Community college faculty ramps up call for president’s ouster

On the quiet campus at Mercer County Community College, a battle is brewing. Some might say it’s already past boiling point.

“It is starting to feel like our college is falling apart from the inside,” said Dylan Wolfe, a representative from the Mercer County Community College Faculty Association.

This spring, the faculty union association voted no confidence of Mercer County Community College’s president, Jiangping Wang. Since then, members have grown increasingly frustrated with the school’s board of trustees, saying their complaints have fallen on deaf ears.

“We asked for the appointment of an independent investigator. We asked for the appointment, or conduction of a complete forensic audit. We asked for, at minimum, a suspension of the president during that time,” Wolfe said.

Members of the faculty union cite a timeline, dating back to February 2019, with a long list of grievances that include lawsuits, allegations of racial discrimination, reasons behind the outgoing posts of top administration staffers, and the resignation of one longtime faculty member who accuses the president of forcing her to commit “unethical activities.”

NJTV News obtained a copy of the memo from Vice President of Academic Affairs’ Administrative Assistant Laureen Meyer. It details actions Meyers says the president personally asked her to take, like moving forward with paperwork for hiring staff the vice president of academic affairs hadn’t approved, and changing documents in his absence. Ultimately, she said Wang put her in situations that lead to her resignation.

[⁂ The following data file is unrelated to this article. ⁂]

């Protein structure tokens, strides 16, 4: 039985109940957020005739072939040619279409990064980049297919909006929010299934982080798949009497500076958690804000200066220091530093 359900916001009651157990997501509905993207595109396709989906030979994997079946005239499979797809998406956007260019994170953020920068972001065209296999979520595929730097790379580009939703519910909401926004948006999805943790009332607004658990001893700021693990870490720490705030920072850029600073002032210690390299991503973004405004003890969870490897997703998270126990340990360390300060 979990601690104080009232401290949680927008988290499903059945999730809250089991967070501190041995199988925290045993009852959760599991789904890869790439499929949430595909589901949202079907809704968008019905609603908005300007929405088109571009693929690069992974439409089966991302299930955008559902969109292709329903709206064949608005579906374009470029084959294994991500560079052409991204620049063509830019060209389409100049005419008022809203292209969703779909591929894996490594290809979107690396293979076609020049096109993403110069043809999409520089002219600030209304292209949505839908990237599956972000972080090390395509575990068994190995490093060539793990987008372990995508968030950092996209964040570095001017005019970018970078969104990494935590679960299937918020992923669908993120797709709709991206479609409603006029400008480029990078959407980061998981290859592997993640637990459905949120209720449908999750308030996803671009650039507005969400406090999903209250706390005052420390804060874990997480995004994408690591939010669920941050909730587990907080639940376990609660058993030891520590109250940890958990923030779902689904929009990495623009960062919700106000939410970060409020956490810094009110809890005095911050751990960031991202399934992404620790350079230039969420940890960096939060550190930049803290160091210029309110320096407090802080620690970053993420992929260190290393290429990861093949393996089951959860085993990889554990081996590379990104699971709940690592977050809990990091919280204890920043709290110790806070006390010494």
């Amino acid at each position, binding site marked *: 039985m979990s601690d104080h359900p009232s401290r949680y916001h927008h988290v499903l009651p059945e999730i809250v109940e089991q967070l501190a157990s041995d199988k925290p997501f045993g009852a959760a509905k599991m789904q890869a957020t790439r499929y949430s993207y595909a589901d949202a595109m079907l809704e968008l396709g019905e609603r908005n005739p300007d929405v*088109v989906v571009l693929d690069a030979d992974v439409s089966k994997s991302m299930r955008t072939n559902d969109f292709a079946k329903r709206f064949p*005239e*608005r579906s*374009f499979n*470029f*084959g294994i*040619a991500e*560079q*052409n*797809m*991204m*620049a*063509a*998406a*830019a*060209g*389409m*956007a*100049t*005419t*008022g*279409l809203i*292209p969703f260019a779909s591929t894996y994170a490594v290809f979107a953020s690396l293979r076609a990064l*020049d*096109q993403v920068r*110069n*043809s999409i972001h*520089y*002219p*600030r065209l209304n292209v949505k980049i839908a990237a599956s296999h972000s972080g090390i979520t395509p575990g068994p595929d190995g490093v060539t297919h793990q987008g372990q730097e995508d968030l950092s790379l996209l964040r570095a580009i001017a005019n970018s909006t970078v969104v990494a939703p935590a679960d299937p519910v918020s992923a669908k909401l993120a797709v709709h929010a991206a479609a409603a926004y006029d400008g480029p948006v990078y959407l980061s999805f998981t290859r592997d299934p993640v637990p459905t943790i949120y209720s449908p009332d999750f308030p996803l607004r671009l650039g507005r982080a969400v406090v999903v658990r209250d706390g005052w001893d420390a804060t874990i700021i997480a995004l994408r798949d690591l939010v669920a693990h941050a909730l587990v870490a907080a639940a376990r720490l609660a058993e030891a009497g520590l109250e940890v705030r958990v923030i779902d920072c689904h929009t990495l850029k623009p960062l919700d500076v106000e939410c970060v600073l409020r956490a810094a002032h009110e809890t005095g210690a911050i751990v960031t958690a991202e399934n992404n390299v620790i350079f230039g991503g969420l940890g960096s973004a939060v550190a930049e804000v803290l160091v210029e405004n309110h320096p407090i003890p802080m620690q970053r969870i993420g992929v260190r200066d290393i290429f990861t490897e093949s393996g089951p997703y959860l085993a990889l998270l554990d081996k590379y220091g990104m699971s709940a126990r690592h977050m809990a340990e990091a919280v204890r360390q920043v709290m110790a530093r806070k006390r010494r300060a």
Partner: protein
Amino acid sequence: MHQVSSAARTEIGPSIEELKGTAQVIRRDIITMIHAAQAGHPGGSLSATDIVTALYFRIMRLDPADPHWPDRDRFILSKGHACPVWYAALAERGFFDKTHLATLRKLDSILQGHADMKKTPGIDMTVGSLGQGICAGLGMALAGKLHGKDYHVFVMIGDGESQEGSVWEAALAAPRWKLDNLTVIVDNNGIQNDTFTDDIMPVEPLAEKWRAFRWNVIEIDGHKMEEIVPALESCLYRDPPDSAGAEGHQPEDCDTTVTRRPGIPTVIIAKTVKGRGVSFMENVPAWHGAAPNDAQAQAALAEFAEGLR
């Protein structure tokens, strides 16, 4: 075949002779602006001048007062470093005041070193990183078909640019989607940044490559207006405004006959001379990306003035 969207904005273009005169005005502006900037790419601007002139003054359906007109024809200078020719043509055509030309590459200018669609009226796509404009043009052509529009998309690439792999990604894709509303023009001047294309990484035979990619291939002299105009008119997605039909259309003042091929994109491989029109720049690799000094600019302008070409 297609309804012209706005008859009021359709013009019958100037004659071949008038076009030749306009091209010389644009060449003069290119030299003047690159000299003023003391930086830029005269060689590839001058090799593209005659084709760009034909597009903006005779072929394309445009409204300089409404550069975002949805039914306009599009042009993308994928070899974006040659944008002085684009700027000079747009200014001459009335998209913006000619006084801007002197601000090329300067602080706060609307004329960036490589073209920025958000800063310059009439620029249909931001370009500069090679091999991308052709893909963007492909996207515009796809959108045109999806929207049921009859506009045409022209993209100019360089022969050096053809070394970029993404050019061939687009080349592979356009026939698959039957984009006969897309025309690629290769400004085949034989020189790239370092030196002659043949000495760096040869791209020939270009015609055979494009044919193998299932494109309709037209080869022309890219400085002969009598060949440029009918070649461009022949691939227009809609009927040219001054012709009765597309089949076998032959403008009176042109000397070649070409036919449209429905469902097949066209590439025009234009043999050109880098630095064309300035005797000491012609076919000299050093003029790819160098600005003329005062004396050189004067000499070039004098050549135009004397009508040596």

“To me that’s major that she would go on record to say the actions of this president were unethical immoral,” said Alvyn Heywood, president of the Mercer County Community College Faculty Association.

Jim Gardner spoke on behalf of the president, but wouldn’t comment on the reasons behind that resignation or pending lawsuits, like those involving allegations of racial discrimination.

“Mercer County Community College promotes diversity and inclusion from the student level all the way up to the top administration level and likewise promotes transparency,” Gardner said.

The faculty union says President Wang, who joined the college in July 2015, acts unilaterally, alleging Wang makes decisions about curriculum, course schedules, and hiring that don’t follow the Middle States Commission on Higher Education concept of shared governance.

“The board right now is taking a look at those issues. We’ve already started some changes in place, I can’t say which changes they are right now, but we’ve already started to address those,” said Board of Trustees chair Mark Matzen.

Matzen instead says you only need to look at the numbers to understand the positive impact Wang has had since taking office.

“Almost all community colleges in New Jersey and across the country enrollment has declined, our enrollment has increased,” said Matzen.

The faculty says they’ll keep taking the fight public, until an investigation is launched.

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